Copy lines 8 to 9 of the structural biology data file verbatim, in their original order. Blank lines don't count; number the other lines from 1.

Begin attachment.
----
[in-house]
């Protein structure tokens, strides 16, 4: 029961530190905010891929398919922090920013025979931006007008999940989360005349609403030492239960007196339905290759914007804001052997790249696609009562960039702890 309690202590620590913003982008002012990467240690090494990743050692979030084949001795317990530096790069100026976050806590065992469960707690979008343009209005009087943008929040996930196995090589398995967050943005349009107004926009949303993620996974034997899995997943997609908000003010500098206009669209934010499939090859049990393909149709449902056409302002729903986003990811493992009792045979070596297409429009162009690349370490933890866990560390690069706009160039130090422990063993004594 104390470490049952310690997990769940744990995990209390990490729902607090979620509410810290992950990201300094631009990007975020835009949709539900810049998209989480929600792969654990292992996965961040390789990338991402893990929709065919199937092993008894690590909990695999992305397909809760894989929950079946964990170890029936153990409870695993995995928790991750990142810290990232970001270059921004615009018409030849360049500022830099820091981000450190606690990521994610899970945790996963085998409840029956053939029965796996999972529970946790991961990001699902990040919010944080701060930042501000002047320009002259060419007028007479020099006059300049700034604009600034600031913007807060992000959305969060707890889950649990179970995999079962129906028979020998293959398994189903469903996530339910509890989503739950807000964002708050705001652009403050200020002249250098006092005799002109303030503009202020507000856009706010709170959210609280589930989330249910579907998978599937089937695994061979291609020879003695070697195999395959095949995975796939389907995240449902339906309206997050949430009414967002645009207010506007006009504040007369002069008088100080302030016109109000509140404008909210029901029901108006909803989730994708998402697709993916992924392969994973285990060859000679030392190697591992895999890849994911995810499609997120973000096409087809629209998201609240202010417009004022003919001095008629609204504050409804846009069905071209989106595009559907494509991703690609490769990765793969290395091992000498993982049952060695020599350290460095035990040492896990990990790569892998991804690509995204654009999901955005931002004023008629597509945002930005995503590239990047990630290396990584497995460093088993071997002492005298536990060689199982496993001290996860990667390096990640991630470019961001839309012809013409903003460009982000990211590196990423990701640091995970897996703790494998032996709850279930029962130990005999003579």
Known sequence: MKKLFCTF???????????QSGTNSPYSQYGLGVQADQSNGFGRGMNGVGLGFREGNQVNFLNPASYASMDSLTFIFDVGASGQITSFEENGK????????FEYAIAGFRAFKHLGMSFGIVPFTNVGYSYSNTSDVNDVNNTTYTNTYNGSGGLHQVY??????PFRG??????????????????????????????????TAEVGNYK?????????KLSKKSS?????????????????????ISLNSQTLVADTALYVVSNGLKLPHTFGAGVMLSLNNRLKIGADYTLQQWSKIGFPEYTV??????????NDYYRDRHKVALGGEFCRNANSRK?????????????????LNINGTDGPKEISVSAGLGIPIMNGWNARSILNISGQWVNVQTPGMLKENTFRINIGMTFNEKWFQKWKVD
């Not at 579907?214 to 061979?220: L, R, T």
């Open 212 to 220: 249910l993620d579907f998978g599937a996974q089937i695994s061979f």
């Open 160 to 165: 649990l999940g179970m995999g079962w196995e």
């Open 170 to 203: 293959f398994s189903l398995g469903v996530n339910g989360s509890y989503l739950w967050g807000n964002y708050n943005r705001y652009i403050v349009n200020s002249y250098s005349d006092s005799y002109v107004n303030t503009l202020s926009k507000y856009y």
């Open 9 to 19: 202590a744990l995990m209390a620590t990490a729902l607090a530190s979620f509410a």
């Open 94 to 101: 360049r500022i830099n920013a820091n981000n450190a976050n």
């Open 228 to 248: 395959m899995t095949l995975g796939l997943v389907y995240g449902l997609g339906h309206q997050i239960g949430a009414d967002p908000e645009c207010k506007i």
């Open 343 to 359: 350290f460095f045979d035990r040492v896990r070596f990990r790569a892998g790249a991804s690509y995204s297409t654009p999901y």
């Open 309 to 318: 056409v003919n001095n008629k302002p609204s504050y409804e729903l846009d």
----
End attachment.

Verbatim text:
């Open 9 to 19: 202590a744990l995990m209390a620590t990490a729902l607090a530190s979620f509410a």
């Open 94 to 101: 360049r500022i830099n920013a820091n981000n450190a976050n």